the devil?? the best way to get people to worship you is to create a common enemy. its right out of the playbook. every dictator, maniac, and lowlife has done it, all thru history.

its all about control. control peoples fears, and you control them. control equals money and power. its always about money.

finally, whet makes us so self important that we have to believe we move on after death? we need to believe it so bad we make up the biggest nonsense story in human history, to the point we are willing to kill???

i wonder how well things could be right now if we hadnt pissed away the past 3000 yrs believing , fighting, and killing over this nonsence.

it makes me very sad.

Apr. 21 2014 07:29 PM
Peter Casanave from Brooklyn, NY

I tried to call in.

I was raised Catholic. In college I had terrible problems with math and chemistry. This was before electronic calculators. I spent a lot of time thinking about math, and even prayed to try do better.

I had a "life changing moment" similar to a guest who described having a moment of unity with nature. It had to do with math. Let me digress briefly, I had a shock with my first glasses in 7th grade. This shook "seeing is believing" the basis for science and observation, and because of the concept of "belief."

My moment came while exhausted from chemistry. The rules of math are deductive, as opposed to inductive. But, where did the deductive rules come from? Unlike the story of the Ten Commandments the rules of math and logic had to have come about from induction.

This was my "religious moment." There is no knowledge. I already knew that what I could be doubted because of my eyeglasses experience. Now I was confronting doubt in math and logic. Ironically, what I got from this was a comforting calm.

Percent error or "how can you trust your measurements?" became the key. We were using deviation from the mean of our measurements. In short, the measurements themselves were as close to knowledge as we had. The closer they were to one another, the more reliable they were.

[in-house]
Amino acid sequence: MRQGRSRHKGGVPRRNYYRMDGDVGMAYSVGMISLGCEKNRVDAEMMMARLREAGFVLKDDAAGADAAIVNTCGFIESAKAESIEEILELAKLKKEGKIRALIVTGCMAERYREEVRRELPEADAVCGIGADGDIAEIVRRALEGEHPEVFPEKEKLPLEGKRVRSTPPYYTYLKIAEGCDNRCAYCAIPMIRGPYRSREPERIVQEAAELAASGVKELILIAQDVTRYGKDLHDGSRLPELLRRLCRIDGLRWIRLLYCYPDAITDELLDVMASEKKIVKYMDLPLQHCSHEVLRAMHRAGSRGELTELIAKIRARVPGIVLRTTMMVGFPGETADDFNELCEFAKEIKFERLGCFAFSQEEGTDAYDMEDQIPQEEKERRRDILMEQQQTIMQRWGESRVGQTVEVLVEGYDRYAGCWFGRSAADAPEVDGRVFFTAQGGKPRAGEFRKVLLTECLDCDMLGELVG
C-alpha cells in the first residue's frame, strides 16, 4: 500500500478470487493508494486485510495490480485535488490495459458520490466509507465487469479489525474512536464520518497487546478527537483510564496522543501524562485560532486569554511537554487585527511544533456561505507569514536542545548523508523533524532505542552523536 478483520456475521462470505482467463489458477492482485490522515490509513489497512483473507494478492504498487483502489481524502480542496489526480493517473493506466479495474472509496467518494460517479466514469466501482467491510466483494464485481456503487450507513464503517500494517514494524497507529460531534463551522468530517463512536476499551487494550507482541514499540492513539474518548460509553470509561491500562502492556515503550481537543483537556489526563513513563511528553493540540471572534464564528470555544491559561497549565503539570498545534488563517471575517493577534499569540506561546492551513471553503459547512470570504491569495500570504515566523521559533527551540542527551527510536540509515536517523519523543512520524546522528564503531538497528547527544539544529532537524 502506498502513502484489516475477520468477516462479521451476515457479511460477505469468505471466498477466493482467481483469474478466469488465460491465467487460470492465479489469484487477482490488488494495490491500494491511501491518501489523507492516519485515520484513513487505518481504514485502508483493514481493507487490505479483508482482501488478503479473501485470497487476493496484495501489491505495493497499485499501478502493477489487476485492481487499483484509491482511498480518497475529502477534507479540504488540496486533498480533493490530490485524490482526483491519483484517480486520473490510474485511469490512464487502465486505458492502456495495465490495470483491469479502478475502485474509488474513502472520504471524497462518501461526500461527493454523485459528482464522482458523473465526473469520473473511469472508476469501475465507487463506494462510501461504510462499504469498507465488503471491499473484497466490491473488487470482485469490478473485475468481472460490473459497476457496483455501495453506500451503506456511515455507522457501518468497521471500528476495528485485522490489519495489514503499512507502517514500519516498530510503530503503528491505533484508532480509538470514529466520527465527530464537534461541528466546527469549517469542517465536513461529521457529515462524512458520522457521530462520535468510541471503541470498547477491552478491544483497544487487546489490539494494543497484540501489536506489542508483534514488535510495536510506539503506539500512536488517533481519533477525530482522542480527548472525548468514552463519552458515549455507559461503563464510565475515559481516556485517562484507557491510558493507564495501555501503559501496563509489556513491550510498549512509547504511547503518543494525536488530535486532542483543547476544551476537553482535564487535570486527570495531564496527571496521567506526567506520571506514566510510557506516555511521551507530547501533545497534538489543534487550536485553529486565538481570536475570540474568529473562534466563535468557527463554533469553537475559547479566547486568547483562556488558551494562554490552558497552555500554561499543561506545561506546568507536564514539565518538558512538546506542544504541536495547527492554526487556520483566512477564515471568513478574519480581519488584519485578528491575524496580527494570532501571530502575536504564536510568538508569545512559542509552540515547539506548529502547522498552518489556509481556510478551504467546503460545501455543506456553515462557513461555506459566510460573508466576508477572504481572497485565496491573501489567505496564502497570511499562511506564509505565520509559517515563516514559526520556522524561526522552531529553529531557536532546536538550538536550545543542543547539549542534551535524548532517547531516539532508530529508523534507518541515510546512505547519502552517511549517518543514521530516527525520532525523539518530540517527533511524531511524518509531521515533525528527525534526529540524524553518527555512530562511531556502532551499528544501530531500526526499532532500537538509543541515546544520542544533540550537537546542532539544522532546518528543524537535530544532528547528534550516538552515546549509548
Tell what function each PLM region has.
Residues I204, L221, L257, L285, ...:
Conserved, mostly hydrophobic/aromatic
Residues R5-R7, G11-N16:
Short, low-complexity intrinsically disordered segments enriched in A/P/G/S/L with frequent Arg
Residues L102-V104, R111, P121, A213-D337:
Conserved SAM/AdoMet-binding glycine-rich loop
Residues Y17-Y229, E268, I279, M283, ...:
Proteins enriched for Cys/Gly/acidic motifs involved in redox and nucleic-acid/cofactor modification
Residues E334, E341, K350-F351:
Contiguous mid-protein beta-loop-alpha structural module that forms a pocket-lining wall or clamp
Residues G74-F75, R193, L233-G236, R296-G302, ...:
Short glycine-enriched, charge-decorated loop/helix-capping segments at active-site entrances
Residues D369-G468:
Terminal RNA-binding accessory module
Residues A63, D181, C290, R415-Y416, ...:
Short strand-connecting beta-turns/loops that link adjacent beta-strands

For me "knowledge" was replaced by "better belief."

In the religious sense, FAITH was defined for me as believing in something in spite of not knowing. Now I was finding myself as seeing everything as faith, science and religion -- even math and logic.

I had a further inspiration from math in which I concluded that belief (faith?) and doubt were the same thing. How could that be? I had a lot of trouble graphing my assignments, but Cartesian coordinates are based on the number line with a zero and positive numbers to the right and negative numbers to the left of that zero. Couldn't belief and doubt be like positive and negative numbers? Listening to my fellow students in business school got me to the astonishing possibility that a negative debit could mean that someone owes me money. (Like a refund for over-payment.)

The big jump for me was the realization of the shortcoming of language. Science used math and exact definitions to avoid ambiguity, but there are always instances when language fails. Semantic errors are possible, even in when using math to describe a phenomenon.

I am peace with a theoretical creator who may or may not exist, but is a necessary concept for ordering the complications of our lives. In this the creator has a commonality with the concept of "zero" which is NOT to say that that there is no God, but that a name has to be given to the separation point between positive and negative numbers, between belief and doubt.

Apr. 21 2014 12:36 PM
Dennis Dinzeo from Las Vegas, Nevada

We are like ants in Central Park, that may never fathom the reality of New York City. Consequently, it is best to keep our religious beliefs simple, that way we are never far from the truth, nor far from each other. Jesus may have had this in mind when he said "suffer the children come unto me for the kingdom of heaven belongs to such as these."